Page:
The Department of Health offers the following fact sheet to provide basic information about some typical flood-related health and safety concerns. Find more information about flood response and safety at South Dakota�s disaster recovery site, http://disasterrecovery.sd.gov.
While flood water is not inherently infectious, people should take the same precautions they would with any pond, lake, river or swimming pool and avoid drinking or swallowing the water.
Flood waters will increase the population of nuisance mosquitoes such as Aedes vexans but the risk of West Nile virus remains low because such species are not efficient carriers of the virus. Regular use of mosquito repellents (DEET, Picaridin, oil of lemon eucalyptus, IR3535) while outdoors can protect flood responders from these nuisance species and get them in the habit of using protective measures for the peak WNV transmission season in South Dakota, mid-July through mid-September.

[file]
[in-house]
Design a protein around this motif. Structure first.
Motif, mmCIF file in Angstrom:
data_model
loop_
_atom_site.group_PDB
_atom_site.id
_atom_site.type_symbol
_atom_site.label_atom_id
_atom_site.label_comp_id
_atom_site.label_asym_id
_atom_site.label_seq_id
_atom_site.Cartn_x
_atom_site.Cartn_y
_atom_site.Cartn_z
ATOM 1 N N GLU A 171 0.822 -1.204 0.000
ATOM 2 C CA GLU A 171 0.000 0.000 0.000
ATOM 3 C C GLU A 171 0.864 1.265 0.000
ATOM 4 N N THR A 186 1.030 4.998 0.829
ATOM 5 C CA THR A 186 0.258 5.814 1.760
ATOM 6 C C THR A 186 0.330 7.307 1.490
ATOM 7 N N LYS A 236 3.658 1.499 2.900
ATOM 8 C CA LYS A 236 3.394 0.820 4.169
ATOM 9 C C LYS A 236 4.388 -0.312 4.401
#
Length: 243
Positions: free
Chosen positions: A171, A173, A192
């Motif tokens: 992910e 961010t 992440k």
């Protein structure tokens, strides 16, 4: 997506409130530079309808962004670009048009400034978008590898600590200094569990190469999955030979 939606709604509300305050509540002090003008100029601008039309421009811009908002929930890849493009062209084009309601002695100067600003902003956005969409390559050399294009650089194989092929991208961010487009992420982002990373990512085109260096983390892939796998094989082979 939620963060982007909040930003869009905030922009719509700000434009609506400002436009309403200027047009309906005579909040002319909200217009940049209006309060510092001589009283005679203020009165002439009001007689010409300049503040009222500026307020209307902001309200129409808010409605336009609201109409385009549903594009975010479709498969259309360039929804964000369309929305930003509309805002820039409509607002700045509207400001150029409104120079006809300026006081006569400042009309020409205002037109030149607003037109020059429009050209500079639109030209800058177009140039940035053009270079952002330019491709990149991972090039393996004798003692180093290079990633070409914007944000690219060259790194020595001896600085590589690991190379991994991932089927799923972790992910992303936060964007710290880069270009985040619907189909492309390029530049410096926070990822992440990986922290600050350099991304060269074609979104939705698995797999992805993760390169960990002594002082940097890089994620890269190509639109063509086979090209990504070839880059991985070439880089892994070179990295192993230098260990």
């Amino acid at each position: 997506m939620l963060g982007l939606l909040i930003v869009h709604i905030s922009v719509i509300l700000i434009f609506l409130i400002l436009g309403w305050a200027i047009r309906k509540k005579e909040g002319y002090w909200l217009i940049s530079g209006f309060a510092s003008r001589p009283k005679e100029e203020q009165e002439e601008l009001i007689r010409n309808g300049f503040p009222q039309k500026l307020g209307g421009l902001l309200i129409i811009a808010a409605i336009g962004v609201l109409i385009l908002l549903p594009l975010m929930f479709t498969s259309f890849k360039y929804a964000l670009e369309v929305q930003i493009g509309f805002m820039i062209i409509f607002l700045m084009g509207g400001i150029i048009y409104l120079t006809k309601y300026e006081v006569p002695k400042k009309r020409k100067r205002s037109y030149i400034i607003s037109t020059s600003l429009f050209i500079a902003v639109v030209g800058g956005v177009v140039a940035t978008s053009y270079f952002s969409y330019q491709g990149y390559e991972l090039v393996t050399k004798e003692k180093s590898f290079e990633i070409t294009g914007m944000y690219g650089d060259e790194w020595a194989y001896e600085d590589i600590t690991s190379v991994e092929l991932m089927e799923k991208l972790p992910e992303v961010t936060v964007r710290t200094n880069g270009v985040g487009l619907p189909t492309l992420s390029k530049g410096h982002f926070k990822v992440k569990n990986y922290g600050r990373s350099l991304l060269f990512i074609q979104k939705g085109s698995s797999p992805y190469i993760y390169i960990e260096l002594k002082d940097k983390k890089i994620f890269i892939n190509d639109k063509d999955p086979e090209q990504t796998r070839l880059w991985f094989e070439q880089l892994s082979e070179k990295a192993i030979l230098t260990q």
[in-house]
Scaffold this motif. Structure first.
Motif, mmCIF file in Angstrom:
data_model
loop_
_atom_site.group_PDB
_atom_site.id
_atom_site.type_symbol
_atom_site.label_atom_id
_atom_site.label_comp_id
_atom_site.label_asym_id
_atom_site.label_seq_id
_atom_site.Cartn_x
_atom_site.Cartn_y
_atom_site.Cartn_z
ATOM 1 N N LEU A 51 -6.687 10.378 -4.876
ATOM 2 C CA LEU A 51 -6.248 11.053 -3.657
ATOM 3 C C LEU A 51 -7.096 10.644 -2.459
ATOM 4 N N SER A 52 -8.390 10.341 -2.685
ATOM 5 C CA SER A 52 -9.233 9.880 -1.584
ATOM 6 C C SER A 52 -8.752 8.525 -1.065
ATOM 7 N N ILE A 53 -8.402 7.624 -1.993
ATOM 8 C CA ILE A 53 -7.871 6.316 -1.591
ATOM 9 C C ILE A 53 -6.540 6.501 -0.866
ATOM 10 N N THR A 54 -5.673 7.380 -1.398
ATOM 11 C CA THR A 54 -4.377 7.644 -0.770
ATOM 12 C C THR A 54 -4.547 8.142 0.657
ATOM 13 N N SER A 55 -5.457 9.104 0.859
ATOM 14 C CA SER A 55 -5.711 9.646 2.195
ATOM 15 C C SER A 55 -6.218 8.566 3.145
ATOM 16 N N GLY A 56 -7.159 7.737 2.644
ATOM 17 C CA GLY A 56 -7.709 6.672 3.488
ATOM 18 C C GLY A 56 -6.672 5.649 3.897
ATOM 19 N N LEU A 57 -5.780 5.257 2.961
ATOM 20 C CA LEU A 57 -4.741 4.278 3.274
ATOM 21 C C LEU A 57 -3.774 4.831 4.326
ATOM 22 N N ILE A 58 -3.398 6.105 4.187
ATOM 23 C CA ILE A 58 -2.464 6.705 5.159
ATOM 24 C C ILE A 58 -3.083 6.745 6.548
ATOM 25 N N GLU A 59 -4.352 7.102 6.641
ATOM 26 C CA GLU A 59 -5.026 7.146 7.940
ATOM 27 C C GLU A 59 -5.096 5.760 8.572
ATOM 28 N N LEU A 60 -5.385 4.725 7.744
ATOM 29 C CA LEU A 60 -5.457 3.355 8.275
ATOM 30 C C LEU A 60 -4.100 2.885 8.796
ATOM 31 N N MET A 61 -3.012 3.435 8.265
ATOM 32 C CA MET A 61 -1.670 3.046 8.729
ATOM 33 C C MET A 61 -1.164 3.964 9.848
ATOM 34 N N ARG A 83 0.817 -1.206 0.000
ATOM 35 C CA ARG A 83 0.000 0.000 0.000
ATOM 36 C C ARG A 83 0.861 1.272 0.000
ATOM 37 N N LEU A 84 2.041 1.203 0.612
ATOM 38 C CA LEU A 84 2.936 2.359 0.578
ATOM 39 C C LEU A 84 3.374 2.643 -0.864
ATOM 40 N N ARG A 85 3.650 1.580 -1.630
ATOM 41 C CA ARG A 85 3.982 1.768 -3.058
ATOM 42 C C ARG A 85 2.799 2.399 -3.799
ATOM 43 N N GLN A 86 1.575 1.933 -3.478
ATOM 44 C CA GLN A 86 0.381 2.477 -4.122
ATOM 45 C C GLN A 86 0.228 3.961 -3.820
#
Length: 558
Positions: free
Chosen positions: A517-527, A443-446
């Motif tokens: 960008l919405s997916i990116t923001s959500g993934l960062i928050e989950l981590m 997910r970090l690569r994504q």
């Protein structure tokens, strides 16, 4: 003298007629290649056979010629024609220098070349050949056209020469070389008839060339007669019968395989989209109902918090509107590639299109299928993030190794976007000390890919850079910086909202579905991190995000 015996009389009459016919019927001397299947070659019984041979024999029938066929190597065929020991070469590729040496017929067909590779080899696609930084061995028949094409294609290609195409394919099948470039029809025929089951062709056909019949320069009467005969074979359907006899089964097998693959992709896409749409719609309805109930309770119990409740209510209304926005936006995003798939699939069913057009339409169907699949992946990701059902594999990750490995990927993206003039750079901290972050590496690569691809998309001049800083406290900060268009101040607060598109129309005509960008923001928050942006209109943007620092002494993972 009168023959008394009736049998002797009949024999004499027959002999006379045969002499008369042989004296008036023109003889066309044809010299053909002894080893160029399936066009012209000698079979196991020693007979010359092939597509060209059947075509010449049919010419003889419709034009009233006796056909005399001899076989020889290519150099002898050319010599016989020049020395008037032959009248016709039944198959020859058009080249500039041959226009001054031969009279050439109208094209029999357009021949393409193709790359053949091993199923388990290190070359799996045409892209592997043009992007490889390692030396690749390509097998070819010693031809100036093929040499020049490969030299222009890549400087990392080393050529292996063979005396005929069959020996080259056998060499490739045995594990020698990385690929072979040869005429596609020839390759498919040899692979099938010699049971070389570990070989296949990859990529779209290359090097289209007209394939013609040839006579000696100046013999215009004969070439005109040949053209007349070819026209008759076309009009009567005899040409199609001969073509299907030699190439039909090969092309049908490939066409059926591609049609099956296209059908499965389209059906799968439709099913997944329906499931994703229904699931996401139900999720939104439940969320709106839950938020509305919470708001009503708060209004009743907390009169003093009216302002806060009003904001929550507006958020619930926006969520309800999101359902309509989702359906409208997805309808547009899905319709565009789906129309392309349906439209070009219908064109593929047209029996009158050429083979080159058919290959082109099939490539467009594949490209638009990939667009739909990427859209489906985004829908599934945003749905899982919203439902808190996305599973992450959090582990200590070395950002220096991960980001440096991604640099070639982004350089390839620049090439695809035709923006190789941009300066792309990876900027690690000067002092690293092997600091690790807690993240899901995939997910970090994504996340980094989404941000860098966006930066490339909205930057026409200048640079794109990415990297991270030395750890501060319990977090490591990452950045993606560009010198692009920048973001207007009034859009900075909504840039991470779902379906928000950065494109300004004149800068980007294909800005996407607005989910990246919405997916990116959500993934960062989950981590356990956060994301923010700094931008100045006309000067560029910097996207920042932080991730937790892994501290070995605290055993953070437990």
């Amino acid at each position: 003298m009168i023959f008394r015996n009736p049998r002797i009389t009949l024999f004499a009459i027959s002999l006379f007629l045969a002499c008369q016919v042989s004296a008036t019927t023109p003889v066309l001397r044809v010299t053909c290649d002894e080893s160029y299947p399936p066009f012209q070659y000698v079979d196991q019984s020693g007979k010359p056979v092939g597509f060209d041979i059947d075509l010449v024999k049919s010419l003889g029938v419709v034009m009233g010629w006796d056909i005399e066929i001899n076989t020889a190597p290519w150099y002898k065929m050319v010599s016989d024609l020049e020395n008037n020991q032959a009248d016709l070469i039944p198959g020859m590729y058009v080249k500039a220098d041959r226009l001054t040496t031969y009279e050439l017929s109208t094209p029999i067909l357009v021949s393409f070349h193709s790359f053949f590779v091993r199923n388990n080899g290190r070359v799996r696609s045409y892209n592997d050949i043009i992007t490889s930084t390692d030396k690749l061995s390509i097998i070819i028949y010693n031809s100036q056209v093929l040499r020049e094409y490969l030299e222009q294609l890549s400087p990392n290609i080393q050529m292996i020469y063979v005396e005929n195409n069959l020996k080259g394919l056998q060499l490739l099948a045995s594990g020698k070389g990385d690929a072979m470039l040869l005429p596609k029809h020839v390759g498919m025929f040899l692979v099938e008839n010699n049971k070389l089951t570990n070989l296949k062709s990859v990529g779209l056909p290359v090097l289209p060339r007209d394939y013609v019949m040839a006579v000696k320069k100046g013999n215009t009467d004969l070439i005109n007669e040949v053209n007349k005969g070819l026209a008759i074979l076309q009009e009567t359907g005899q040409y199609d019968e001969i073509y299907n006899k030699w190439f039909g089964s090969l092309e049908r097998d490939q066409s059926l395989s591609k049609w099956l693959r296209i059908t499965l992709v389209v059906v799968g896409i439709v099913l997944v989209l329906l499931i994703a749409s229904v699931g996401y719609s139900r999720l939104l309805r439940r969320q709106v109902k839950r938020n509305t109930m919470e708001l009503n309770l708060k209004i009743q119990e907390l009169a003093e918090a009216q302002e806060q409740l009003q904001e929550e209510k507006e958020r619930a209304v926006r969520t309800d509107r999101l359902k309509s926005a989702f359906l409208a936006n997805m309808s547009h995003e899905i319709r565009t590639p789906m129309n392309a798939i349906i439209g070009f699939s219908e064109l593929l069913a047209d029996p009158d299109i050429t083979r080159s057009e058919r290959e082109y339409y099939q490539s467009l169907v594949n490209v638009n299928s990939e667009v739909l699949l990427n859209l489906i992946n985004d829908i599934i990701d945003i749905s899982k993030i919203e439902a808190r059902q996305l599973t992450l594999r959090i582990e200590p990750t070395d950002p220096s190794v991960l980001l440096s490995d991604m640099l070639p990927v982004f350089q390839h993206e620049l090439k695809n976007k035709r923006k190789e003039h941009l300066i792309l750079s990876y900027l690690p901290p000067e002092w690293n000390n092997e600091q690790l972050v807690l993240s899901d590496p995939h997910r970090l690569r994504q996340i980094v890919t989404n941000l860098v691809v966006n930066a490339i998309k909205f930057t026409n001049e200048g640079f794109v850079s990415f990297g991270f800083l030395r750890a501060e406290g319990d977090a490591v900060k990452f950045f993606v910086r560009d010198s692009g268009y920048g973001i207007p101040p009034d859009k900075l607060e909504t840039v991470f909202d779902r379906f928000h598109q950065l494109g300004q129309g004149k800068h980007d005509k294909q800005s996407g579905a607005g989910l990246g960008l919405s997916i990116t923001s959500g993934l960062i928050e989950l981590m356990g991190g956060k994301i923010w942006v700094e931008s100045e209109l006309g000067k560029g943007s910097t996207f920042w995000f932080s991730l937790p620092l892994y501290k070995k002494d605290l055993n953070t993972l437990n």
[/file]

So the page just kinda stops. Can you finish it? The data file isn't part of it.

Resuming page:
Avoid contact with wild animals (skunks, raccoons, minks, etc.) displaced by flood water to prevent potential exposure to rabies and other animal-borne illnesses.